It quickly snowballed into a new wave of female empowerment, including establishing a multimillion-dollar legal fund to help women pursue their attackers through the legal system.
Funding turned into action
The Time’s Up Legal Defence fund is open to women from all industries, despite its roots in the entertainment sector. By December, it had reportedly reached $US22 million ($31.21 million) from 21,000 donors worldwide. It is the largest-grossing GoFundMe campaign, and arguably one of the most successful examples of crowdfunding in history.
It has also inspired other GoFundMe pages, including the campaign to raise funds for Dr Christine Blasey Ford, who testified in September that US Supreme Court Justice Brett Kavanaugh sexually assaulted her during their high school years.
According to the US National Women’s Law Centre, which administers the fund, more than 3700 women and men have accessed Time’s Up funding, with a majority identifying as low-wage workers.
Women give the lion’s share
Major donors to the fund have included Nicole Kidman, Jennifer Aniston, Taylor Swift and Reese Witherspoon. The administrators report a much smaller proportion of donations have come from men, including Steven Spielberg and Harry Styles.
One newsworthy male donation came from actor Mark Wahlberg, who donated more than $US2 million ($2.88 million) on behalf of Michelle Williams after it was revealed he was paid 1500 times more than the actress to reshoot scenes for All The Money in The World after the sacking of Kevin Spacey over sexual assault revelations. Comedian Aziz Ansari also donated funds after being accused of sexual misconduct in a story published by Babe.net.
Singer John Legend and his wife, model Chrissy Teigen, made a donation of $US200,000 ($288,000) on “behalf of the heroic gymnasts of the USA Gymnastics Team” for testifying against their doctor, Larry Nassar, who pleaded guilty to 10 counts of criminal sexual conduct.
Australia joins the movement
In Australia, media figure Tracey Spicer created the NOW Australia initiative, which has a similar charter to Time’s Up. To date, the national organisation run under the Australian Human Rights Commission in conjunction with 30 high-profile women has raised more than $120,000 and collected more than 2000 stories to tackle harassment and abuse in workplaces across Australia by connecting people with “appropriate legal and psychological support”.
Impact on popular culture
It was a year of female celebrities standing together to demand representation, accountability for those who seemed “untouchable”, and equality.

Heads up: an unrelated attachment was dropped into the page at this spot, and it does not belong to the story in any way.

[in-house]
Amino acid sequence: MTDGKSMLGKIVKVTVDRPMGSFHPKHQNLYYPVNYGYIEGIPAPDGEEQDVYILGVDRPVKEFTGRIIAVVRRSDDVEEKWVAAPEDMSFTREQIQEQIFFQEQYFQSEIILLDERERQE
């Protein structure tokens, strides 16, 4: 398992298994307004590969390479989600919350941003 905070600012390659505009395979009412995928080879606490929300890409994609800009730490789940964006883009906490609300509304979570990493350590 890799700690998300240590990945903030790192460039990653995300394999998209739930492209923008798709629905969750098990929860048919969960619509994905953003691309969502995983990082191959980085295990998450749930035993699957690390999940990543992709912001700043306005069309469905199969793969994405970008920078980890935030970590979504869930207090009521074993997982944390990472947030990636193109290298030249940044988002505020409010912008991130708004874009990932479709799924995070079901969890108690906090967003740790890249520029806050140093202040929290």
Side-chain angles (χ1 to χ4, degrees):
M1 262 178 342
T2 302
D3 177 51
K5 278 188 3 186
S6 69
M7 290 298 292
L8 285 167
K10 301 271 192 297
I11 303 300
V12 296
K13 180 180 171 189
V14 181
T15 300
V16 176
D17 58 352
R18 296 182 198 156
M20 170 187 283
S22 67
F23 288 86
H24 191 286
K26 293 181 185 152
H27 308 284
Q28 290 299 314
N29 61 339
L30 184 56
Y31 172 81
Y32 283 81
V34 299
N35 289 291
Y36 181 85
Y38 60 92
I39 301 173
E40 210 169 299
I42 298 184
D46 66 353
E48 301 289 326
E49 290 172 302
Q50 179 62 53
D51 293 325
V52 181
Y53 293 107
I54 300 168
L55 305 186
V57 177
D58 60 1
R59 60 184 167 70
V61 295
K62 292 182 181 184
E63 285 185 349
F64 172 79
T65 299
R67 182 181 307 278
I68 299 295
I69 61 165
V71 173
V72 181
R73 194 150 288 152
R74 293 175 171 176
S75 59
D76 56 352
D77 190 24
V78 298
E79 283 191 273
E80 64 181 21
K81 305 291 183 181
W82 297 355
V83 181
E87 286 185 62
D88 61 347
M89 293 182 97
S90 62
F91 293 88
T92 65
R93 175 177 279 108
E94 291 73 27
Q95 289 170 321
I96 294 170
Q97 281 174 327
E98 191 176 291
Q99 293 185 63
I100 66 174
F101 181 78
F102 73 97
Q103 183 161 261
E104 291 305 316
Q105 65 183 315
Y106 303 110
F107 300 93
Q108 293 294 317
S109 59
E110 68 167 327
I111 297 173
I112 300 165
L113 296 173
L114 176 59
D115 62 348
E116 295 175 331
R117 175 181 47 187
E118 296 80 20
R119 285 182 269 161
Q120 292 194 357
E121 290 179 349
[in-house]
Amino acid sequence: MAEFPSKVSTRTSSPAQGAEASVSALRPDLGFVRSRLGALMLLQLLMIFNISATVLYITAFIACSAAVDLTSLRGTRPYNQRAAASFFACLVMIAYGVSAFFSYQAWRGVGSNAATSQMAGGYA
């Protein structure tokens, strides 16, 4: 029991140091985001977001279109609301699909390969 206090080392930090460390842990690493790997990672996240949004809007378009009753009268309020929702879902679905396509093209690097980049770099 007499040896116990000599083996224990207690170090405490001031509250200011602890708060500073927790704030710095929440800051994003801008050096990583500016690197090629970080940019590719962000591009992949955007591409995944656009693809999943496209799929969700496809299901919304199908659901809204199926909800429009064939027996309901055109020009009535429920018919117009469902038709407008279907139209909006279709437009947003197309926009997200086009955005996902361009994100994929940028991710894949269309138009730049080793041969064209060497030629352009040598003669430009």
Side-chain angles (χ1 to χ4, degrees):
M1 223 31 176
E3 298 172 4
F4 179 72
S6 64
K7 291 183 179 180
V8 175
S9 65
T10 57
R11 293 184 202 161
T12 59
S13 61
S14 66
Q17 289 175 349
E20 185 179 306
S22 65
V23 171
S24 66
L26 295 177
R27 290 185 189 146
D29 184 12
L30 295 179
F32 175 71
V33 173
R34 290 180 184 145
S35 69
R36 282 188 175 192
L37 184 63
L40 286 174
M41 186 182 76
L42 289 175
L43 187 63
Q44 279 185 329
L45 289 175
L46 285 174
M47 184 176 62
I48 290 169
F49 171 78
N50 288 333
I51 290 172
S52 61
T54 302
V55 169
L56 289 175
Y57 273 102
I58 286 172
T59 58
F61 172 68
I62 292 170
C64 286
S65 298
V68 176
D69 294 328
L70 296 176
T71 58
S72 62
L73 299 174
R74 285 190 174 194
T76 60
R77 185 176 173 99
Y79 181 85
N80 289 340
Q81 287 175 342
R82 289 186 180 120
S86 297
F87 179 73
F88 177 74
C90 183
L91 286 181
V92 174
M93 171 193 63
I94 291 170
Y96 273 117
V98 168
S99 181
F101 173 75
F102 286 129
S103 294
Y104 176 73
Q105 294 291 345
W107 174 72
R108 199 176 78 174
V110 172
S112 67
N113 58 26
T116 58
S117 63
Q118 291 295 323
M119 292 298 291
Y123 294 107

After powerful speeches from the likes of Oprah and Salma Hayek during the US awards season, more than 200 British actresses and entertainers signed a letter and created an anti-harassment fund before the BAFTAs in February, calling for an end to systemic abuse and sexism. In May, 82 women including Cate Blanchett and Ava DuVernay also stood together on the steps at the Cannes Film Festival to represent the number of women who have directed films nominated for the awards, compared to 1645 men.
In honour of the one-year anniversary, a number of women have discussed the impact of Time’s Up, including actress Emma Watson, who told CNN it has “helped cultivate a sense of community between women in my industry”.
“People assume female actors all know each other and hang out, but we’re often quite isolated in an industry that can feel like an atomising force rather than a bonding one,” she said.
Black in solidarity
While it’s unlikely the all-black dress code of last year’s Golden Globes will be repeated when they take place on Monday, Australian time, expect plenty of attendees to discuss the movement on the red carpet, and wear the pins of the movement on their gowns and suits.
Last year’s “blackout”, while it was dismissed by some as tokenism, was one of the Time’s Up movement’s first and most powerful visual statements, led by #MeToo creator Tarana Burke.
Where the “blackout” may continue to have influence at awards ceremonies is in the continuing discussion about the role of red carpets, including the gender divide between asking women about their outfits and men about their work.
In a statement to Vogue after last year’s event, designer Prabal Gurung said red carpets are “a beautiful and highly visible platform for women to speak about issues that deserve to be on the agenda”.
Partnerships and moving forward
In a new letter, the Time’s Up founders this week announced Time’s Upx2 with an aim “to double the number of women in leadership and across other spaces where women are under-represented” and eliminate workplace issues and the over-representation of women in low-paying jobs, which all stems from “imbalances in power that plague nearly every sector”.
“We won’t stop fighting until there is gender balance in leadership and all women have the opportunity to reach their full potential at work. It’s not because women aren’t working hard enough or aren’t capable enough. The system is fundamentally broken,” the letter reads.
“One thing was certain: We would no longer be playing by the old rules – the ones that had silenced us, kept us less safe and prevented us from reaching our full potential.”
Nicole Economos is online producer for The Sydney Morning Herald and The Age.